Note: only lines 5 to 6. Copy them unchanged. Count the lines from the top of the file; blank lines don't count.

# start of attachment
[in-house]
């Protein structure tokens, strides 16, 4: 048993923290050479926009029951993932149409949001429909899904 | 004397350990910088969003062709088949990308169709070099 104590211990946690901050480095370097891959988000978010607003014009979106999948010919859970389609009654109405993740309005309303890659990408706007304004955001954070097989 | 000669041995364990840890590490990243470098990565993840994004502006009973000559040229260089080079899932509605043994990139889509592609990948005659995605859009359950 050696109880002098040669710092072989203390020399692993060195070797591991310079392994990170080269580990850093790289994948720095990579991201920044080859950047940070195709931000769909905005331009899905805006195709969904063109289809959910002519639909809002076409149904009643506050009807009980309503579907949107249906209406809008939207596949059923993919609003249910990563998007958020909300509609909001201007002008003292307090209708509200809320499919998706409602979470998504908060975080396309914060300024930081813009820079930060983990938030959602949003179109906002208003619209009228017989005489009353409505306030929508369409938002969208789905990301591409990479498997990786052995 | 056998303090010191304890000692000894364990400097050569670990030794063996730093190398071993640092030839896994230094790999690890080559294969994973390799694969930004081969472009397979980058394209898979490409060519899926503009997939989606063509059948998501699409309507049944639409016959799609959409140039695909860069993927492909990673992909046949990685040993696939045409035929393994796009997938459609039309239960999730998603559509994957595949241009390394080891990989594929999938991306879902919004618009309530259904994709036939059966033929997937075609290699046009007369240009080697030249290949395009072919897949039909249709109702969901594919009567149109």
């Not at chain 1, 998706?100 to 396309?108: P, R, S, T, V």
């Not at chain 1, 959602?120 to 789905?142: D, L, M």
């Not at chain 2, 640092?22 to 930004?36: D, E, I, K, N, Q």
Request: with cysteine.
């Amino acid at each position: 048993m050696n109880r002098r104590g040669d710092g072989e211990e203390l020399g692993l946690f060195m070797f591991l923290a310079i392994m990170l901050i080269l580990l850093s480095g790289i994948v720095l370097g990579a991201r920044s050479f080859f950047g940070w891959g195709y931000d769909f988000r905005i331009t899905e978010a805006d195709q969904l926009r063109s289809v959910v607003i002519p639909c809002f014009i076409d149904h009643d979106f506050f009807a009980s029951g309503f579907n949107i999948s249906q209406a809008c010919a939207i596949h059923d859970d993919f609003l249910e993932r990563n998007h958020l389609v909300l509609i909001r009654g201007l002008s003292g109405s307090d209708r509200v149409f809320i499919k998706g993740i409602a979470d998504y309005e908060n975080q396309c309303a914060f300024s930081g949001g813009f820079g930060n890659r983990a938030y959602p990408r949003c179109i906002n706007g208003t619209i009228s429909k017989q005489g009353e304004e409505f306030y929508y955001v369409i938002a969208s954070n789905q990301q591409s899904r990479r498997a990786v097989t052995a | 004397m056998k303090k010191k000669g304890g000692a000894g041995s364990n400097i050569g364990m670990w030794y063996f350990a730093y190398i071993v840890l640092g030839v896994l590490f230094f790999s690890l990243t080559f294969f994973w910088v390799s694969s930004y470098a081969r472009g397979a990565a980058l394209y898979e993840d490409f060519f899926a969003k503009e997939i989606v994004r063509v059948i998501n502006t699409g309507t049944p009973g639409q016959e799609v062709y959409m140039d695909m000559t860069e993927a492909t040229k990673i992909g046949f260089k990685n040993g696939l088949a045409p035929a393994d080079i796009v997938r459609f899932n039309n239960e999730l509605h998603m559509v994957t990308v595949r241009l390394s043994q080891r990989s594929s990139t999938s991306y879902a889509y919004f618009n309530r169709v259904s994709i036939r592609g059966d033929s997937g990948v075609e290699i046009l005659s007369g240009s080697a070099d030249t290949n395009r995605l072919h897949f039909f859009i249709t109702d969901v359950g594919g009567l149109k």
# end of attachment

């Not at chain 2, 640092?22 to 930004?36: D, E, I, K, N, Q």
Request: with cysteine.